How to start composting in 4 easy steps
Food waste is one of the biggest contributors to climate change in the UK. In fact, the UK throws away around 9.5 million tonnes of food waste in a single year, according to Business Waste.
When we throw food waste in the bin, it ends up in landfill and emits methane, a greenhouse gas which is detrimental to the environment.
Some areas offer a food waste recycling service, but not everywhere. This means that millions of tonnes of food is going to waste and are harming the environment.
Composting is a great way of reducing food waste and it’s really easy to get started!
Here are 4 steps to help you create a successful compost heap!
Scope out a location and container
You don’t necessarily need a container to get started with your compost pile. It’s a little easier however to harvest your compost if you have a container, but it’s not essential.
First choose a shaded spot in your garden, or a lightly shaded area. This will help make sure your compost doesn’t become too moist or hot in the summer. A successful compost pile will need to be consistent all year round, so a spot that doesn’t receive much light is essential.
You also need to ensure your compost has an earth base. This will allow drainage and help organisms in the soil work their magic in the compost pile.
If you don’t have an earth area in the shade, you can add some soil and compost to the bottom of your container to get started.
If you’re using a compost bin, most bins that are on the market will work just fine. A larger one is ideal, but you just need to make sure they retain some warmth and moisture.
The perfect compost ratio
To make a great compost, you need a balance of green and brown materials. Green materials are items like grass cuttings, weeds, vegetable kitchen waste or manure.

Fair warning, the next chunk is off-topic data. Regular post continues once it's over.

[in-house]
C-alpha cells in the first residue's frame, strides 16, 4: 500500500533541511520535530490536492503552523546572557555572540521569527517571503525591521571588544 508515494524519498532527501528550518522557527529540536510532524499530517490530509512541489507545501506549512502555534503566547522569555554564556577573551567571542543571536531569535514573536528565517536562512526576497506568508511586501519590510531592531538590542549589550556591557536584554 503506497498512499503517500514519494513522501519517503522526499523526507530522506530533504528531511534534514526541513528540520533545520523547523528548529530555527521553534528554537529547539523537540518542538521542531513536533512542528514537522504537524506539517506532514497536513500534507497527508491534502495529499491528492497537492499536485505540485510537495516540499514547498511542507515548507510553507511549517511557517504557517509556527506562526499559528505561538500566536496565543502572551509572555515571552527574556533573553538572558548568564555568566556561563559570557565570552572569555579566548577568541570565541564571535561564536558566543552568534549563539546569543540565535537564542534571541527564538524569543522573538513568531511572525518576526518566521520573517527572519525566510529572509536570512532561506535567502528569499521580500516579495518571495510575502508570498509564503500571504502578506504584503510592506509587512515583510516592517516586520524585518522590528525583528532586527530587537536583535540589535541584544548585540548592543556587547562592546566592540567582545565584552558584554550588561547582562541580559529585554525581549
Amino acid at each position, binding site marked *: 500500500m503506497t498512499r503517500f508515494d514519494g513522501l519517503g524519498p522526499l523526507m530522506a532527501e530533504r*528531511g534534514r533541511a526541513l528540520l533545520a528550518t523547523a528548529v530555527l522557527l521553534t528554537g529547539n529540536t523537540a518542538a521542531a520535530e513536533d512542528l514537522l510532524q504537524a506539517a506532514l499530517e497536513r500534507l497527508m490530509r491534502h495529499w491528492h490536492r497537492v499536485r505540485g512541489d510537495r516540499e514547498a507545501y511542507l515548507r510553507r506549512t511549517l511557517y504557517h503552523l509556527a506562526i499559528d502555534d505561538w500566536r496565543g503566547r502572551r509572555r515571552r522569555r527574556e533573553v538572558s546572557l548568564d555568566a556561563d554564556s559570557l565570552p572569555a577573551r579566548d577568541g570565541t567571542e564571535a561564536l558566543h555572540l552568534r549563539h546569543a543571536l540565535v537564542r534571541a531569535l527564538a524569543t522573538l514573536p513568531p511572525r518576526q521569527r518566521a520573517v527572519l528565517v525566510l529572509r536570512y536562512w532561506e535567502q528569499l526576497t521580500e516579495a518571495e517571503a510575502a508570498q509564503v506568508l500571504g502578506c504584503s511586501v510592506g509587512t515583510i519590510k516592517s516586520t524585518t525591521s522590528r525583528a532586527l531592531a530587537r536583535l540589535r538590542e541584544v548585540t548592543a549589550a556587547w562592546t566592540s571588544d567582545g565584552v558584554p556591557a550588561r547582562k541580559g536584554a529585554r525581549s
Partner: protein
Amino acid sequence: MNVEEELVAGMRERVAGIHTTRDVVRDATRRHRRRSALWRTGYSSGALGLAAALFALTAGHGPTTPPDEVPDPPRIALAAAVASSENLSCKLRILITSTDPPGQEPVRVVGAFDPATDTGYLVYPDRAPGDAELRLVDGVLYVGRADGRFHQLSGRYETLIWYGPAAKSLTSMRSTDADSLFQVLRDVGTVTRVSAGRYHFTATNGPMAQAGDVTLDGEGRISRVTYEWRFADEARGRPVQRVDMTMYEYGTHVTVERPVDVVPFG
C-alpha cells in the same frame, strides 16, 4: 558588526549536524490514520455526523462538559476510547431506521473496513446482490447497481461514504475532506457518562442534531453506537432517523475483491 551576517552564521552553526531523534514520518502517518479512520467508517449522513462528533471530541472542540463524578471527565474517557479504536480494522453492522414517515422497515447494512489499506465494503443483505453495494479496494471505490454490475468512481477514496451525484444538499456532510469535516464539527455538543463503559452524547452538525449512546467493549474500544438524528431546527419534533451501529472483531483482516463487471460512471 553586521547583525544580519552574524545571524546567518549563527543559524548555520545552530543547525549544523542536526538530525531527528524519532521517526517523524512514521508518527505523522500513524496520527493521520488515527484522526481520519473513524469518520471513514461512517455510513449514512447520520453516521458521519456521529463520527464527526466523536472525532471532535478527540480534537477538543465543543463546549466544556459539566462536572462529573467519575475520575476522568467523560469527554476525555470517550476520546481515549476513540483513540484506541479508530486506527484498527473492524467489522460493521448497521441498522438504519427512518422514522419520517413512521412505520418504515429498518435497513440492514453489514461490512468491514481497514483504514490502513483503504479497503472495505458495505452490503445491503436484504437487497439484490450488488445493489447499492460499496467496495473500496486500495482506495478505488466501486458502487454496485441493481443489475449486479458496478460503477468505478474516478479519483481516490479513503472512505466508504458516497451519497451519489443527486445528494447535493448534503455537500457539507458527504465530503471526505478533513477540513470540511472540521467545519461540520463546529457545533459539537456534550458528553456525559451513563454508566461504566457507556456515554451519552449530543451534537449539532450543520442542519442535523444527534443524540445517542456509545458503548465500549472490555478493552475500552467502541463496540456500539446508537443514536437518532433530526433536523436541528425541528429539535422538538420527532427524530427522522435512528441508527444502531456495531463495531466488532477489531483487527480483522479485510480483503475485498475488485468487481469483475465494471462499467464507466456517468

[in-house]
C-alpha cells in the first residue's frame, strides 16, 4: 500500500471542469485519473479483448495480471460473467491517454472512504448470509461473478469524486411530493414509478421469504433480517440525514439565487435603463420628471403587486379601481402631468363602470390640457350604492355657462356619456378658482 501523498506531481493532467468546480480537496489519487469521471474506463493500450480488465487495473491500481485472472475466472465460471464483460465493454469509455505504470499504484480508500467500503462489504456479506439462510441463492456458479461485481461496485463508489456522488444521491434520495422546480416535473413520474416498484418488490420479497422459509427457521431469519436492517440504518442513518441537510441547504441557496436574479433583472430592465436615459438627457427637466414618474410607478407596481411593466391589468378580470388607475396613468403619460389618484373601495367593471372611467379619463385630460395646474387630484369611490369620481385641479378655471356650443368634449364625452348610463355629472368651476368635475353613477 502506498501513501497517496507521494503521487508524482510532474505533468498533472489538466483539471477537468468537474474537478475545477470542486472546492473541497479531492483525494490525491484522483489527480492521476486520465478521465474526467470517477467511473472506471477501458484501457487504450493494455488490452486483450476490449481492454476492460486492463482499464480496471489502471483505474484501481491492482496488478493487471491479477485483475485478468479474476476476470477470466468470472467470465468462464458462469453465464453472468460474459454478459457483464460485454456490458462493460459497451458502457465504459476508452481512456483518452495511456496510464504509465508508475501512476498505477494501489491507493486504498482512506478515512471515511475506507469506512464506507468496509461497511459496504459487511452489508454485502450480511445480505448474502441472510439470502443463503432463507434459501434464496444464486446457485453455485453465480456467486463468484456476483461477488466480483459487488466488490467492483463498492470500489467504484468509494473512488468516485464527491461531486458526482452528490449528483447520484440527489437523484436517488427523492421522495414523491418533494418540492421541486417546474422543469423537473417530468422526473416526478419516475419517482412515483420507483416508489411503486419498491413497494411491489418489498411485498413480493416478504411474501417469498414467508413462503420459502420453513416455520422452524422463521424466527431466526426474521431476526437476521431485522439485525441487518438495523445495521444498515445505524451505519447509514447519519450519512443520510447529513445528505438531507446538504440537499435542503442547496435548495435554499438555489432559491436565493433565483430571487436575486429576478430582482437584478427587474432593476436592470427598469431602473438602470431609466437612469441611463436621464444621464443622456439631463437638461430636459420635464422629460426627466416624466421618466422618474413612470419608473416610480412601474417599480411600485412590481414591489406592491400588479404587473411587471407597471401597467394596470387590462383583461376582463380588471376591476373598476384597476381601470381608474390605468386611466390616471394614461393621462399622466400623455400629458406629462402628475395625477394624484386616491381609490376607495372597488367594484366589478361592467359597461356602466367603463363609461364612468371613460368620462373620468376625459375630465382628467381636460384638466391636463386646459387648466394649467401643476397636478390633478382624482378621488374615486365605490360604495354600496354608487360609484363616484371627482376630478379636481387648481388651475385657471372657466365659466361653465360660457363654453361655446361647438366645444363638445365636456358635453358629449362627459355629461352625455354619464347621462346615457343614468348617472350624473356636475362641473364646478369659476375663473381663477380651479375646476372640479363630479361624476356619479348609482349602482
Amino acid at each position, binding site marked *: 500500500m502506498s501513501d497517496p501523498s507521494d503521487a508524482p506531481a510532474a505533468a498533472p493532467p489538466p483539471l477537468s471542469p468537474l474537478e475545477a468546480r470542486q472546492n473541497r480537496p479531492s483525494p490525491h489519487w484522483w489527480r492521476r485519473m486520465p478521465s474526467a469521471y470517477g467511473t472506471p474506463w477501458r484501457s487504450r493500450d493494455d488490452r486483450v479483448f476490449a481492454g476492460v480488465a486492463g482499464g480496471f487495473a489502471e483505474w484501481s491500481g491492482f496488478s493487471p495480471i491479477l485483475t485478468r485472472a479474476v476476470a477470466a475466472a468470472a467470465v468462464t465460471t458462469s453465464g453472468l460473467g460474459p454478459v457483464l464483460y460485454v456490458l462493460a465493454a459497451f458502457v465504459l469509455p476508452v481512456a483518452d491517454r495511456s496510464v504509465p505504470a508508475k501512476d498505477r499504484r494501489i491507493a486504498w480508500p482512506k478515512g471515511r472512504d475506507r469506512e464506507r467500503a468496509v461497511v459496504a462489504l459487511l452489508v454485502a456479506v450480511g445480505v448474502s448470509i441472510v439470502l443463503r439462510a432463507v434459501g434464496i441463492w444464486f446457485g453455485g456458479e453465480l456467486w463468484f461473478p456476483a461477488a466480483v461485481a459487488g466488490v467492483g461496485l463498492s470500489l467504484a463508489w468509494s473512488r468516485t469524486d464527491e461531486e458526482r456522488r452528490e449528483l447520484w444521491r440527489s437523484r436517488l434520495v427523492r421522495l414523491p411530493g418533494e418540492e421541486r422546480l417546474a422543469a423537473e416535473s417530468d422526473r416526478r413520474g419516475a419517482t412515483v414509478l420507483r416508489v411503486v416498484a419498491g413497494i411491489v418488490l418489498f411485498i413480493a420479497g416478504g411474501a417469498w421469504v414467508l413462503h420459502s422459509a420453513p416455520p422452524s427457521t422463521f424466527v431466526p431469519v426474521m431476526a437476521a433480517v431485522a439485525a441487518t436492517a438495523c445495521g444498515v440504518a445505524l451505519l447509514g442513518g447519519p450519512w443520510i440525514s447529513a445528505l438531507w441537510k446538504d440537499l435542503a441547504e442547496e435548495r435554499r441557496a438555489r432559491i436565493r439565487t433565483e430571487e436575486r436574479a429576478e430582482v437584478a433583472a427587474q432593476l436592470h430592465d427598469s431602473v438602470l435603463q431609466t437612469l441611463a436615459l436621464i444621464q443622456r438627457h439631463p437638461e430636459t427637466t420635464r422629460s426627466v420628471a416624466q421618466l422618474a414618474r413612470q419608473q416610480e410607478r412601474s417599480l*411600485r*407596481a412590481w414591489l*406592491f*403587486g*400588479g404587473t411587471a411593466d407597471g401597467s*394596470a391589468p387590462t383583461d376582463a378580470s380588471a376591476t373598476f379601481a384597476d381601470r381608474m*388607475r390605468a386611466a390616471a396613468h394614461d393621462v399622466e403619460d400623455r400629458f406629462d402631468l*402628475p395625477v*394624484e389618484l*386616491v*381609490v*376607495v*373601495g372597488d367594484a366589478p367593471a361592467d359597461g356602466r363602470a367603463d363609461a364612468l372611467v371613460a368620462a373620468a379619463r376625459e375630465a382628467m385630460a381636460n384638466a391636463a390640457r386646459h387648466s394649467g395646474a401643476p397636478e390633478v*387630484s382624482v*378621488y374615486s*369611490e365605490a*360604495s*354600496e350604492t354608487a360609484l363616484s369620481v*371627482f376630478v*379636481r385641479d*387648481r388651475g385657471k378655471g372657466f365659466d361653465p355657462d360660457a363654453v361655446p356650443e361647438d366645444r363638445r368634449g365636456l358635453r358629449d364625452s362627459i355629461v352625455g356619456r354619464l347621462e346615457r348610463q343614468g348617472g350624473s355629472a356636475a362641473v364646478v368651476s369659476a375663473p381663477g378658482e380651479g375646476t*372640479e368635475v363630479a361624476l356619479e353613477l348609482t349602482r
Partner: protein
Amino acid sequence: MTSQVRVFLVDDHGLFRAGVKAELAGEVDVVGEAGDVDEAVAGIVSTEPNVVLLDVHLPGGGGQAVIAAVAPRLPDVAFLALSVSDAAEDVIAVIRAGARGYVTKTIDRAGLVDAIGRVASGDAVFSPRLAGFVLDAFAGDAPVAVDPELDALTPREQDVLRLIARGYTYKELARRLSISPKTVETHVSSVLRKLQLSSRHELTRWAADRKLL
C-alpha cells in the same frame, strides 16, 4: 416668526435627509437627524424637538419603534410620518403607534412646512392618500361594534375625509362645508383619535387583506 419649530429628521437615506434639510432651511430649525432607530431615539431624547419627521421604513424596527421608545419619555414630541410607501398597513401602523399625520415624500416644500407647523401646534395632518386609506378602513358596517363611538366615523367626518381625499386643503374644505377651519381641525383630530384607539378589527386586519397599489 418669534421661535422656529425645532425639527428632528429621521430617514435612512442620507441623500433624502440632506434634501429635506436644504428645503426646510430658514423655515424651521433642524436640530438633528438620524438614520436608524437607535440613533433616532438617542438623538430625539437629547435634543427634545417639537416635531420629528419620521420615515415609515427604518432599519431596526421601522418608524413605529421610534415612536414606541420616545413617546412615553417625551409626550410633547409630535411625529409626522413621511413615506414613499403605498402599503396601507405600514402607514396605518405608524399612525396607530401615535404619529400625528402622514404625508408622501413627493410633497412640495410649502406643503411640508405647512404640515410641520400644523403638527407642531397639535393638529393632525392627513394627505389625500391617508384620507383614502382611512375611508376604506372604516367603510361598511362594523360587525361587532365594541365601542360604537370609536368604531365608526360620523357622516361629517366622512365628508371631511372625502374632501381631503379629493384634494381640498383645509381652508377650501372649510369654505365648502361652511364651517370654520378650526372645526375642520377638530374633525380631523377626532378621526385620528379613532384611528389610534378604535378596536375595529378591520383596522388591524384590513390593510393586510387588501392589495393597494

You’ll want between 25 – 50 percent of green materials in your compost. This is where adding food waste from your kitchen will not only help the environment, but it will help make a great compost that you can use all over the garden.
Fruit and veg scraps are great for your compost, but you can also add items like coffee grounds, fruit pits, bread, cereal, rice and pasta. You can also add scraps from your plate, as long as they don’t contain meat, bones, dairy or greasy foods.
You can also include tea bags, however make sure to check the packaging that they are plastic free. Lots of tea bags include plastic mesh to keep them together. Country Living has a great article on which brands of tea bags are plastic free.
The rest of your compost should be made with brown materials. These are items like wood chipping, paper, cardboard, straw or dead leaves.
The RHS has a great page of further reading and provides a more detailed view on composting at home.
Turn the heap
To help make your compost successful, you’ll need to turn your heap. This allows air into your compost and avoids it becoming too soggy and compacted.
You’ll need to turn the heap every month or so, but check the compost regularly. If it’s looking a little too wet, compacted or smells, simply get a shovel and toss the compost around to break it up and air it out.
In especially dry weather, turn the heap more often to assess the moisture levels and add some water if it’s looking a little dry. You want your compost heap to look moist and warm for best results.
Assessing if your compost is ready
It can take a long time for your compost to become ready to be used. Between 6 months to 2 years is typically how long it can take. But don’t worry, starting to compost is a great step in helping to become more eco-friendly and maybe even a better gardener.
If your compost is ready, it will be dark brown and crumbly. It will smell and resemble soil and have a damp woodland smell.
You may find that not all of your compost looks ready. If that’s the case, don’t worry! Add this to your next batch of compost to help give the next batch a great start.
Composting is really easy once you get started and it’s a great way of using up old food and garden waste, especially if you have to pay an additional cost to dispose of your garden waste.